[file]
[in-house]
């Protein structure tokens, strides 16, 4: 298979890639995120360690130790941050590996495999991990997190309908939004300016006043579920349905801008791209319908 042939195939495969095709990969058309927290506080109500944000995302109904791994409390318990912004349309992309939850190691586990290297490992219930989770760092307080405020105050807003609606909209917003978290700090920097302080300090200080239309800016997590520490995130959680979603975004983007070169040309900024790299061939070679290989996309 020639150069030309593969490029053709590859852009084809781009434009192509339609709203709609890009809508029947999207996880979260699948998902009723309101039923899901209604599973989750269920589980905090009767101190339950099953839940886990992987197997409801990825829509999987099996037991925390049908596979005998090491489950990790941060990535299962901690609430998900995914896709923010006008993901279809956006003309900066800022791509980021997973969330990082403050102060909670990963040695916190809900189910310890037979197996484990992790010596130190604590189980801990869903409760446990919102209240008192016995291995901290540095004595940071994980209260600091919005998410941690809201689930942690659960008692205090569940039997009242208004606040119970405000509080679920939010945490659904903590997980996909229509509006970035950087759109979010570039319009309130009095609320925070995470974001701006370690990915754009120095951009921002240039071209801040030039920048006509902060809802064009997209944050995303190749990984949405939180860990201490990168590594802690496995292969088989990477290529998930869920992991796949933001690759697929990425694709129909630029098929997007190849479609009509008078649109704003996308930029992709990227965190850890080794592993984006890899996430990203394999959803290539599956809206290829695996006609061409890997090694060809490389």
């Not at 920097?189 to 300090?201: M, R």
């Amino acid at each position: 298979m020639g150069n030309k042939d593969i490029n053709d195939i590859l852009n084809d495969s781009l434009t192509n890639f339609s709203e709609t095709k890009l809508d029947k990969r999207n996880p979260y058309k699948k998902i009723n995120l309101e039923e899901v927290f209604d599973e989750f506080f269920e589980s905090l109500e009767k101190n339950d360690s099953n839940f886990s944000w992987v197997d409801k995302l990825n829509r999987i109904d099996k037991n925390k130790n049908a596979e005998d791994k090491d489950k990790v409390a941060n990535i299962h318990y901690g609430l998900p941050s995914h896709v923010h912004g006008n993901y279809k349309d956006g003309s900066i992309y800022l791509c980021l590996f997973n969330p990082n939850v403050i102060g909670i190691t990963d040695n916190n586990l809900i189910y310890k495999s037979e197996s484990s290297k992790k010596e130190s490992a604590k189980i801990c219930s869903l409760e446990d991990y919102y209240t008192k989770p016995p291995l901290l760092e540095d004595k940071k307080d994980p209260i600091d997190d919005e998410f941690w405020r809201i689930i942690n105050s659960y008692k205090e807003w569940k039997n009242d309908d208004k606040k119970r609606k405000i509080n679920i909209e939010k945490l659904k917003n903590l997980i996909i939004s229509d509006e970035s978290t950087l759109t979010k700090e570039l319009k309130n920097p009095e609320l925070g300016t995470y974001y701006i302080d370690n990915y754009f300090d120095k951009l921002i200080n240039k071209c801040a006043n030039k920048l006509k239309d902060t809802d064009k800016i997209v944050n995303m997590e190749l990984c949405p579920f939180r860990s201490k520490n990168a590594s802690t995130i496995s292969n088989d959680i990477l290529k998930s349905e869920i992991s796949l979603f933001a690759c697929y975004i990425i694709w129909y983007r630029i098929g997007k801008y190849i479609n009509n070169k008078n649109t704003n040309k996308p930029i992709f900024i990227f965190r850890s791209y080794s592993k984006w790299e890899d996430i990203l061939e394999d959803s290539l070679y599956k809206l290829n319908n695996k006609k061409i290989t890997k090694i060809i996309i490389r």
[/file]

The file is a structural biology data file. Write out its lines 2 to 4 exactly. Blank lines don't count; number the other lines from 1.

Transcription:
């Protein structure tokens, strides 16, 4: 298979890639995120360690130790941050590996495999991990997190309908939004300016006043579920349905801008791209319908 042939195939495969095709990969058309927290506080109500944000995302109904791994409390318990912004349309992309939850190691586990290297490992219930989770760092307080405020105050807003609606909209917003978290700090920097302080300090200080239309800016997590520490995130959680979603975004983007070169040309900024790299061939070679290989996309 020639150069030309593969490029053709590859852009084809781009434009192509339609709203709609890009809508029947999207996880979260699948998902009723309101039923899901209604599973989750269920589980905090009767101190339950099953839940886990992987197997409801990825829509999987099996037991925390049908596979005998090491489950990790941060990535299962901690609430998900995914896709923010006008993901279809956006003309900066800022791509980021997973969330990082403050102060909670990963040695916190809900189910310890037979197996484990992790010596130190604590189980801990869903409760446990919102209240008192016995291995901290540095004595940071994980209260600091919005998410941690809201689930942690659960008692205090569940039997009242208004606040119970405000509080679920939010945490659904903590997980996909229509509006970035950087759109979010570039319009309130009095609320925070995470974001701006370690990915754009120095951009921002240039071209801040030039920048006509902060809802064009997209944050995303190749990984949405939180860990201490990168590594802690496995292969088989990477290529998930869920992991796949933001690759697929990425694709129909630029098929997007190849479609009509008078649109704003996308930029992709990227965190850890080794592993984006890899996430990203394999959803290539599956809206290829695996006609061409890997090694060809490389």
């Not at 920097?189 to 300090?201: M, R």
């Amino acid at each position: 298979m020639g150069n030309k042939d593969i490029n053709d195939i590859l852009n084809d495969s781009l434009t192509n890639f339609s709203e709609t095709k890009l809508d029947k990969r999207n996880p979260y058309k699948k998902i009723n995120l309101e039923e899901v927290f209604d599973e989750f506080f269920e589980s905090l109500e009767k101190n339950d360690s099953n839940f886990s944000w992987v197997d409801k995302l990825n829509r999987i109904d099996k037991n925390k130790n049908a596979e005998d791994k090491d489950k990790v409390a941060n990535i299962h318990y901690g609430l998900p941050s995914h896709v923010h912004g006008n993901y279809k349309d956006g003309s900066i992309y800022l791509c980021l590996f997973n969330p990082n939850v403050i102060g909670i190691t990963d040695n916190n586990l809900i189910y310890k495999s037979e197996s484990s290297k992790k010596e130190s490992a604590k189980i801990c219930s869903l409760e446990d991990y919102y209240t008192k989770p016995p291995l901290l760092e540095d004595k940071k307080d994980p209260i600091d997190d919005e998410f941690w405020r809201i689930i942690n105050s659960y008692k205090e807003w569940k039997n009242d309908d208004k606040k119970r609606k405000i509080n679920i909209e939010k945490l659904k917003n903590l997980i996909i939004s229509d509006e970035s978290t950087l759109t979010k700090e570039l319009k309130n920097p009095e609320l925070g300016t995470y974001y701006i302080d370690n990915y754009f300090d120095k951009l921002i200080n240039k071209c801040a006043n030039k920048l006509k239309d902060t809802d064009k800016i997209v944050n995303m997590e190749l990984c949405p579920f939180r860990s201490k520490n990168a590594s802690t995130i496995s292969n088989d959680i990477l290529k998930s349905e869920i992991s796949l979603f933001a690759c697929y975004i990425i694709w129909y983007r630029i098929g997007k801008y190849i479609n009509n070169k008078n649109t704003n040309k996308p930029i992709f900024i990227f965190r850890s791209y080794s592993k984006w790299e890899d996430i990203l061939e394999d959803s290539l070679y599956k809206l290829n319908n695996k006609k061409i290989t890997k090694i060809i996309i490389r």